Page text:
One of the most misunderstood aspects of buying a home is “does the real estate agent REALLY represent you, the home buyer?”
Yes, you do have the right to ask an agent to solely represent you. Here are some FAQs as to what’s involved and why you should consider it when buying your next home, second home or investment property.
1. What does Buyer Representation mean?
The real estate agent represents your interest. They are required to be loyal, accountable and not disclose any information about you that you don’t want the seller or the other real estate agent to know.
2. Should you call the agent who listed the house for sale?
You may, but they are representing the seller—not you—and their responsibility is to get the highest price and the most money for the seller. You will also have to sign a piece of paper stating that you are aware that the real estate agent will be representing both of you, and will do their best to be fair and honest.
3. Will you get a better deal if you work with the listing agent?
Some people think since the real estate agent would be getting all the commission when working with both the buyer and the seller, that the listing agent will negotiate a better deal. The bottom line is that if the seller doesn’t accept the offer, or if you, the buyer, won’t counter with another price, it’s out of the agent’s control and the sale does not happen.
4. Will they only show you listings that are in the MLS?
An agent who represents buyers not only can show you properties listed for sale through the Multiple Listing Service, they can also contact For Sale by Owners. If there is a home you’d like to buy, but it’s not for sale, they can knock on the door for you and ask if they would consider selling it to you. This is not to say that a listing agent can’t do the same. They can, but a homeowner often thinks the agent is just trying to get a listing if there is not a specific buyer interested – you.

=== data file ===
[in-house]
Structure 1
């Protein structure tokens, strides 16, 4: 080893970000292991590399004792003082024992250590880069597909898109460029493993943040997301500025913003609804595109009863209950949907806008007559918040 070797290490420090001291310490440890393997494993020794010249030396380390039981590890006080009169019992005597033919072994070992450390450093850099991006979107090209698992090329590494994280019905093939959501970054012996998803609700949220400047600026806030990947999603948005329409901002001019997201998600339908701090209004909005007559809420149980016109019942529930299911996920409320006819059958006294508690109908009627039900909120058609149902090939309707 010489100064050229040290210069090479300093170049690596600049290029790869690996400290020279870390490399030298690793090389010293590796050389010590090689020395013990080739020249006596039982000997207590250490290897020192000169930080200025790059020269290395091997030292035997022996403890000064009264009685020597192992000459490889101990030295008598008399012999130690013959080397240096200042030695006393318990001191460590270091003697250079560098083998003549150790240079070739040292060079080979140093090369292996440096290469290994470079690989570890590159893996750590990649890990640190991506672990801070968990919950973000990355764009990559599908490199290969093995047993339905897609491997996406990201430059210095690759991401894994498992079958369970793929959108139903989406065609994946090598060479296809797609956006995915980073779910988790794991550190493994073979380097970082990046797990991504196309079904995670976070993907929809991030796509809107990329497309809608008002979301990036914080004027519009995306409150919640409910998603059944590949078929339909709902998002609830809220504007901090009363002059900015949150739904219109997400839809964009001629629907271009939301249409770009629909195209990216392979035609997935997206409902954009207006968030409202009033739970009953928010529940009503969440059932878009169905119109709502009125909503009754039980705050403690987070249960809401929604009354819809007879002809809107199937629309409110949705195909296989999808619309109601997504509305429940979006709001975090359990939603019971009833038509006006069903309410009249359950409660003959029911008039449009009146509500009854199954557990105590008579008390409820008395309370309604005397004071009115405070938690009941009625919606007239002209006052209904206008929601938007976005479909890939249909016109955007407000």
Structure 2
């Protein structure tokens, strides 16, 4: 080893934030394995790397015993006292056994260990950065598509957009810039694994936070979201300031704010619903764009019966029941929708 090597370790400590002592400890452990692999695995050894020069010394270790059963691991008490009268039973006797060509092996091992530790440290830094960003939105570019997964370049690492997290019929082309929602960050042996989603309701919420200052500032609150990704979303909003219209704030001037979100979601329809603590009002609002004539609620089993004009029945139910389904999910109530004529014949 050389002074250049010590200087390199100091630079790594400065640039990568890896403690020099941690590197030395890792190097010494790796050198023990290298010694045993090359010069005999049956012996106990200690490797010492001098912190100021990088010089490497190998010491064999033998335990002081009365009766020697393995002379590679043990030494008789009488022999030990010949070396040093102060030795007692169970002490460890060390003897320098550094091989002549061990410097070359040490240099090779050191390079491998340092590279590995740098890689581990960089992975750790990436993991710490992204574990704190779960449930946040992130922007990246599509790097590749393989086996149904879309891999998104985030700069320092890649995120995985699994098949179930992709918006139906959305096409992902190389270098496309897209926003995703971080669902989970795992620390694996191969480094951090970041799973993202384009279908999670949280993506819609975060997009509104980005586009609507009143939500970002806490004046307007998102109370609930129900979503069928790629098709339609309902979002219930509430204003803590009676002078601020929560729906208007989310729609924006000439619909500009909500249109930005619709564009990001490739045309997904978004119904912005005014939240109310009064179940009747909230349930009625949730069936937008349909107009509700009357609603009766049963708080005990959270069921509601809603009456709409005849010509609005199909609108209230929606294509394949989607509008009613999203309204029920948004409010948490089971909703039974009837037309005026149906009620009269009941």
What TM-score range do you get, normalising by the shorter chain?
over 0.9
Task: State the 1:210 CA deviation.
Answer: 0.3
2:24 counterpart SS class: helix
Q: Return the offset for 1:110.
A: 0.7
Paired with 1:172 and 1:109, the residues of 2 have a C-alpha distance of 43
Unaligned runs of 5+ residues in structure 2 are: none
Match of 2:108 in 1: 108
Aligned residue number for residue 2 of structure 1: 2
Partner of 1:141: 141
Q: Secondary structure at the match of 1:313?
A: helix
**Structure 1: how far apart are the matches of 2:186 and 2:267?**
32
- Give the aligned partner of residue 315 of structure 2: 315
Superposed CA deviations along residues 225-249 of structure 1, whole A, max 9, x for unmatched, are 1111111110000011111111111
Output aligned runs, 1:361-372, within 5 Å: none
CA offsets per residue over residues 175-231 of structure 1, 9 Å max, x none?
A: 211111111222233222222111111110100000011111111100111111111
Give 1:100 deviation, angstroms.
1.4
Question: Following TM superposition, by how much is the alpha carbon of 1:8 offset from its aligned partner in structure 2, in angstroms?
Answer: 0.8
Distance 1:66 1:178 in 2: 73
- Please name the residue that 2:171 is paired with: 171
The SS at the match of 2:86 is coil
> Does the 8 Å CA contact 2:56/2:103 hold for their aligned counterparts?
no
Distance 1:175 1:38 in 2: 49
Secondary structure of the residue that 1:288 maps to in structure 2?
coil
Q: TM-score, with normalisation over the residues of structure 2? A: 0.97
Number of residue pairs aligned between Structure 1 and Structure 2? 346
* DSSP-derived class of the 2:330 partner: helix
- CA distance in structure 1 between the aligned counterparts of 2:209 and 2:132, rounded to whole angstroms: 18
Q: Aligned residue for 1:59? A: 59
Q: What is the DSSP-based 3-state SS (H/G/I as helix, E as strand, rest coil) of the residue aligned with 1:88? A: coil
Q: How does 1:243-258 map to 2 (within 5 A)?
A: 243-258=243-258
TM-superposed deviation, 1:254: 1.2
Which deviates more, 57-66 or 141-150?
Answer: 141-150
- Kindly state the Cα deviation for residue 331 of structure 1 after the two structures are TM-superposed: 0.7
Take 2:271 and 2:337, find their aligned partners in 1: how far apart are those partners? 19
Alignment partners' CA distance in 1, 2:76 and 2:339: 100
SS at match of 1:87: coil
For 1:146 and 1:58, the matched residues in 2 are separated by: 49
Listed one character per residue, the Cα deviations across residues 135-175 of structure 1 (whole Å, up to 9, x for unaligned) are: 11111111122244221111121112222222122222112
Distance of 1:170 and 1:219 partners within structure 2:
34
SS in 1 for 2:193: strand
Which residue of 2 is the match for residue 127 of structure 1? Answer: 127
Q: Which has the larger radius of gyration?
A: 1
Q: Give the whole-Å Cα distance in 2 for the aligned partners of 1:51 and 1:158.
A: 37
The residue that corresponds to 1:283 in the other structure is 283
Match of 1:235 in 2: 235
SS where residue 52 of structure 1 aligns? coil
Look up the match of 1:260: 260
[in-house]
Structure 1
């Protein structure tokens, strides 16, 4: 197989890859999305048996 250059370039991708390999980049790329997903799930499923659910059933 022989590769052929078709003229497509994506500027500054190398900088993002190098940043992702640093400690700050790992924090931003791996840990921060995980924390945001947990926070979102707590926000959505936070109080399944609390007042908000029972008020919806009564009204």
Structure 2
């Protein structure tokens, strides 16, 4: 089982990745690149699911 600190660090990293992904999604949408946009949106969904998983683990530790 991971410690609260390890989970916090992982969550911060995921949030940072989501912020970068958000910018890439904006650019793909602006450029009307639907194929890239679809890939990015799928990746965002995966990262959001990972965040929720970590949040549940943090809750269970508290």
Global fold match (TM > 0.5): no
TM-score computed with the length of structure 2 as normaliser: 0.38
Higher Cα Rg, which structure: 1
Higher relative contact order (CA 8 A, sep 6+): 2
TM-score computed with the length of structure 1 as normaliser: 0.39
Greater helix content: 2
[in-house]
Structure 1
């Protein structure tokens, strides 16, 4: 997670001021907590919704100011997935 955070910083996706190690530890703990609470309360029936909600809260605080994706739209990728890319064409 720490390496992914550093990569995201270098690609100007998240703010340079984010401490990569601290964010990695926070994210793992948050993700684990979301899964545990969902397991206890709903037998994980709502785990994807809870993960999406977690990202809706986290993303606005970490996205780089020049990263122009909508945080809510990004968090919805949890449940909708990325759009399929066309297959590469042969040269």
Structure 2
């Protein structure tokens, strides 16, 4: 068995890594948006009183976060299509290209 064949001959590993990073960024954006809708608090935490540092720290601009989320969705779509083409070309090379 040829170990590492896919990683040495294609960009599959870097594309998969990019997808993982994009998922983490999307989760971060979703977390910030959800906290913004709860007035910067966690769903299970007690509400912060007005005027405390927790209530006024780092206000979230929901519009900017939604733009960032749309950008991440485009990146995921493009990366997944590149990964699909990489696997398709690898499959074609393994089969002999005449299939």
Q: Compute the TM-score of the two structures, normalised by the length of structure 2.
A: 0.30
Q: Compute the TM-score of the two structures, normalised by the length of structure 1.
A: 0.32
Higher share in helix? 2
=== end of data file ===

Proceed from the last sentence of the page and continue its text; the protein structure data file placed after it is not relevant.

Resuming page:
5. How much does it cost to hire a sellers agent?
Over 99% of the time, the seller still pays the real estate commission. There are extremely rare times where the seller may not agree to pay the commission, but you will know ahead of time if there are any issues.
6. Do you need to sign anything?
Yes, there is an agreement called the Exclusive Right to Represent the Buyer, and it outlines what the sellers representative’s duties are and their responsibility to you. It lets the seller and the real estate agents know that there is an exclusive relationship existing and if they tell your agent something about the property, or the seller tells your agent, or any other information, your agent has the duty to tell you. You will usually have to sign it for a period of time—but that too is negotiable between you and the agent.
There is yet another reason to have an agreement with a buyers agent. No real estate agent will work as hard for you if you are hopping from one real estate agent to another. Their job is hard enough as it is, but to put so much time and effort into a buyer only to have that buyer wander into an open house and write an offer with whatever agent is sitting there that day (it may not even be the listing agent) is very disheartening. Form a bond with your agent and work closely with them and they will find your home. If you feel they aren’t doing their job, tell them and move on to someone new, but don’t work with several simultaneously. You will be getting duplicate listings and find yourself running in circles. All business is about relationships and real estate is no different. Remember, you can always vote with your feet!
If you are thinking of selling your home, contact me and I’ll recommend several great listing agents. If you are thinking of buying a home, I also know of many great buyers’ agents who I can recommend to you.